General manager Ozzie Newsome said the team still hoped to
The agent for the running back, Mitch Frankel, said Lewis' release wouldn't impede the negotiation process.
"It's been indicated to us that they would like to have Jamal back and Jamal would like to be there," Frankel told the Baltimore Sun. "So I think there's a good chance that he could be back."
Lewis ran for 2,066 yards in 2003, the second-highest total in
NFL history. His numbers slipped after that -- his 1,132 yards last
season were his most since then, although he averaged just 3.6
yards per carry.
Lewis, 27, spent the 2005 offseason serving time in prison after
a guilty plea to using a cell phone to set up a drug buy. He also
has had ankle problems.
The Ravens' first pick in the 2000 draft, Lewis was due a $5
million roster bonus on March 3 along with a $5 million base salary
for the 2007 season. The Ravens have spent the last week
negotiating with Mitch Frankel, his agent for a deal that would be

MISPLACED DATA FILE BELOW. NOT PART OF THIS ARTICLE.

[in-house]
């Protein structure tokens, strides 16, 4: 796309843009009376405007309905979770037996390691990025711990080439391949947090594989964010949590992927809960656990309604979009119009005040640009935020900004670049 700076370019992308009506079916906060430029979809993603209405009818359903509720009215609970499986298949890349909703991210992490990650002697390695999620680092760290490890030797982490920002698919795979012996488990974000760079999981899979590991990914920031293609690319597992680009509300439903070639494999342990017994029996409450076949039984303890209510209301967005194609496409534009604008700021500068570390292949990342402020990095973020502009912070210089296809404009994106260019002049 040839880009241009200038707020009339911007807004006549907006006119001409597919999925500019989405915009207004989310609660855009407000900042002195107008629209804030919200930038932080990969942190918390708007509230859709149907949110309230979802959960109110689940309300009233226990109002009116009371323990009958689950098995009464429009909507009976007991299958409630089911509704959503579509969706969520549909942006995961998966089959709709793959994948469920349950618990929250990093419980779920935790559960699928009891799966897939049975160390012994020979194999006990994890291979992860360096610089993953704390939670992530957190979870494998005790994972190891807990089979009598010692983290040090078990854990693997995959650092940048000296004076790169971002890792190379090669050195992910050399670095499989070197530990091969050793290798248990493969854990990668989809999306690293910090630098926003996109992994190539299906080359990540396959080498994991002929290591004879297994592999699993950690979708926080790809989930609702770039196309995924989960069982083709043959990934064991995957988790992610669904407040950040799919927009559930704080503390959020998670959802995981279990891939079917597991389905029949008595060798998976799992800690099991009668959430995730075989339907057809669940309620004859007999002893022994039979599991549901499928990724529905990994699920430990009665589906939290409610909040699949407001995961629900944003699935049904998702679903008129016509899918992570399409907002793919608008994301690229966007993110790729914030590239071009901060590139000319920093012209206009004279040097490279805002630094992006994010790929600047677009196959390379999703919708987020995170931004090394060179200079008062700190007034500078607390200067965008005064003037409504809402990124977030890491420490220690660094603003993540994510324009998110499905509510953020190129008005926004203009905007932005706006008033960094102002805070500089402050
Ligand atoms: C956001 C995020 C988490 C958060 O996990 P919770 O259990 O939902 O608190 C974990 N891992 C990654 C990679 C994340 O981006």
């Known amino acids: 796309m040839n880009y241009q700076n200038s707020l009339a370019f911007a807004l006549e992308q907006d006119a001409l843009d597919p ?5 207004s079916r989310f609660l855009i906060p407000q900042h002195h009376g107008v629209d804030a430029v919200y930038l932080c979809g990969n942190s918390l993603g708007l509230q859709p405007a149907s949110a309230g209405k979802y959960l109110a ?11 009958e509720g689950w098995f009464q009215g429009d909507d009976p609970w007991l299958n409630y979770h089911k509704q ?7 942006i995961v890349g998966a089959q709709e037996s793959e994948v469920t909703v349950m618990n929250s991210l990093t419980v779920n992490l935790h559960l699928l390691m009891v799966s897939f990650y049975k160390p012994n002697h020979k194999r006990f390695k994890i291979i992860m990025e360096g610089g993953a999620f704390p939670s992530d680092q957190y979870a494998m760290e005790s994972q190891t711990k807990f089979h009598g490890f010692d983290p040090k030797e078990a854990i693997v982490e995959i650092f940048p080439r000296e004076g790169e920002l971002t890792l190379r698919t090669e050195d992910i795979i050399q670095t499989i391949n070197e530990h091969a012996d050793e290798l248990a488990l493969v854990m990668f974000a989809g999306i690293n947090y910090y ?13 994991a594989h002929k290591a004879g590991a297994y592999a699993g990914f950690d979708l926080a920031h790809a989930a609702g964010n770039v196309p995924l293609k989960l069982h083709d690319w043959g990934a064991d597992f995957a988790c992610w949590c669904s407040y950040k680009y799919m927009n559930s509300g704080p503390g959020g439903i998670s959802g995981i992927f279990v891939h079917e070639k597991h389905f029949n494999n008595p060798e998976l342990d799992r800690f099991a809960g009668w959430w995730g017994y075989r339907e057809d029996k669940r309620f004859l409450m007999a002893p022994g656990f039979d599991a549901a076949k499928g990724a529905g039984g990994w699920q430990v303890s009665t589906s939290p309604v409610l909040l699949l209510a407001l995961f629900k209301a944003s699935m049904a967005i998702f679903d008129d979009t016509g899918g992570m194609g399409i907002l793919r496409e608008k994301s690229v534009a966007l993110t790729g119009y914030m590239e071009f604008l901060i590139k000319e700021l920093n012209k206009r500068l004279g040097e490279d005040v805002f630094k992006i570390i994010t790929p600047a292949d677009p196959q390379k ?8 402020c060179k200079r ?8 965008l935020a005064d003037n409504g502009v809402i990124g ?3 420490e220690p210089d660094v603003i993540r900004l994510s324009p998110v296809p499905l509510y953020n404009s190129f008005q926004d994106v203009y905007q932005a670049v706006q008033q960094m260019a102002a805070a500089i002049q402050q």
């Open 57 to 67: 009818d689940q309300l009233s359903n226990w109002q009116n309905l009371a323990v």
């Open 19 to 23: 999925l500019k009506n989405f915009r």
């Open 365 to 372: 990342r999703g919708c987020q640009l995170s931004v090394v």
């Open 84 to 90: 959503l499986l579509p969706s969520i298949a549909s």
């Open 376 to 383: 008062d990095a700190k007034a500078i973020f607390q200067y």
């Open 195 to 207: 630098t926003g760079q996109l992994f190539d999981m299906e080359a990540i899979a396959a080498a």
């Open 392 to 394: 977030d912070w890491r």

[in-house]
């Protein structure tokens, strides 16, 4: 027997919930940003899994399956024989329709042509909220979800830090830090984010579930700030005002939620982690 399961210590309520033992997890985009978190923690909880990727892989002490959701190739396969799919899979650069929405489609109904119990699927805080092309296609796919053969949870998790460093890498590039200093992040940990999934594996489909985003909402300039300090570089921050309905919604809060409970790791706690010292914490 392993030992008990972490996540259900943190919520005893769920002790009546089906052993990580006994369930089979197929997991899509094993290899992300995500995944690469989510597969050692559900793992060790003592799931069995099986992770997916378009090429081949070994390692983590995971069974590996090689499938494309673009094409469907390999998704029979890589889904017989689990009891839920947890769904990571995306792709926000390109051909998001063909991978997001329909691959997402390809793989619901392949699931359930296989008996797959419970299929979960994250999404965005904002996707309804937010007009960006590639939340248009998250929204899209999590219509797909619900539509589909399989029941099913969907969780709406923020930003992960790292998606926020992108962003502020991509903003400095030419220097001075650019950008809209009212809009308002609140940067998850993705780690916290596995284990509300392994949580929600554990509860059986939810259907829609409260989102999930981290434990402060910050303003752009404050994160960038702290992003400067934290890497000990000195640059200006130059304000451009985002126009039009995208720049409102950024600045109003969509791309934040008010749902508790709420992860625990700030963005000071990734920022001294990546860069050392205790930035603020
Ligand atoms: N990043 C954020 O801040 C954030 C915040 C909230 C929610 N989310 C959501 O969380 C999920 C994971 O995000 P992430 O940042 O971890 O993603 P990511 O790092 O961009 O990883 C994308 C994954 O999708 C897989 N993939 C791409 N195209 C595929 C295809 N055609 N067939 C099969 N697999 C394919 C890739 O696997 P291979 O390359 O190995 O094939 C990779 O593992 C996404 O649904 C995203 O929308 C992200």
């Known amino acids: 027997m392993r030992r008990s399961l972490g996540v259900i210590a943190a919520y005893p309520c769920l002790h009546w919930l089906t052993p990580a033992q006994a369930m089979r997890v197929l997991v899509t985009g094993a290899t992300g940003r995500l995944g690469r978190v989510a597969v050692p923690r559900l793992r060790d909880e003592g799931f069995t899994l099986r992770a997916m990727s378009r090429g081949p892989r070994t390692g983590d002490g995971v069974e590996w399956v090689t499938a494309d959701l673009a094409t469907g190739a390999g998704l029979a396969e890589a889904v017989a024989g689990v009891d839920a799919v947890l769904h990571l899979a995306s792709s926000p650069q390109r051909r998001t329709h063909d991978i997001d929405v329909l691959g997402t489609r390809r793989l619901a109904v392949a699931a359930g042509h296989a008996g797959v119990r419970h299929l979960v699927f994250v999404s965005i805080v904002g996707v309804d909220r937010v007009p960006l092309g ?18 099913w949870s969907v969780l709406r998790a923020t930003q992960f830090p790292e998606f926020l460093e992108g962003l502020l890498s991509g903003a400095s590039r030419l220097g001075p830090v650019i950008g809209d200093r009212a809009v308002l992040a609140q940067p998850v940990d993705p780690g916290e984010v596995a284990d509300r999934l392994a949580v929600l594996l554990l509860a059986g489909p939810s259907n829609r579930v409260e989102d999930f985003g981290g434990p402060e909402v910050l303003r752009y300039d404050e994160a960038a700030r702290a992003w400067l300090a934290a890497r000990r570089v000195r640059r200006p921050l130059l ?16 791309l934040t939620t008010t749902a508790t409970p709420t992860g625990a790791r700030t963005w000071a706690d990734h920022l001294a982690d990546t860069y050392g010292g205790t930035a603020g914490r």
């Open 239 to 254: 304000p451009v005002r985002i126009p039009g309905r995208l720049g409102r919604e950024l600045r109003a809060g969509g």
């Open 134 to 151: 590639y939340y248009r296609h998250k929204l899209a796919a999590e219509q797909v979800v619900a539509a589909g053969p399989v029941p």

more cap friendly.
"There has been good dialogue," Newsome said. "Jamal has been
a significant contributor to us in the last seven seasons. It's our
hope to have him back with the Ravens."
Still, releasing Lewis, who carried a salary-cap figure of $11.6
million, creates $8.3 million in cap room. Baltimore is now roughly
$11.3 million under the league salary cap limit of $109 million.
Lewis was paid $6 million last season, including a $5 million
Last week, the Ravens decided not to assign a $7.2 million
franchise tag to Pro Bowl linebacker Adalius Thomas, ensuring his
eventual departure as a high-priced free agent.
If the Ravens part ways with Lewis, it would leave them with
only veteran Mike Anderson, who carried just 39 times for 183 yards
last season. Also on the roster is P.J. Daniels, a fourth-round
draft pick from Georgia Tech who didn't get into a game as a rookie
Information from The Associated Press was used in this report.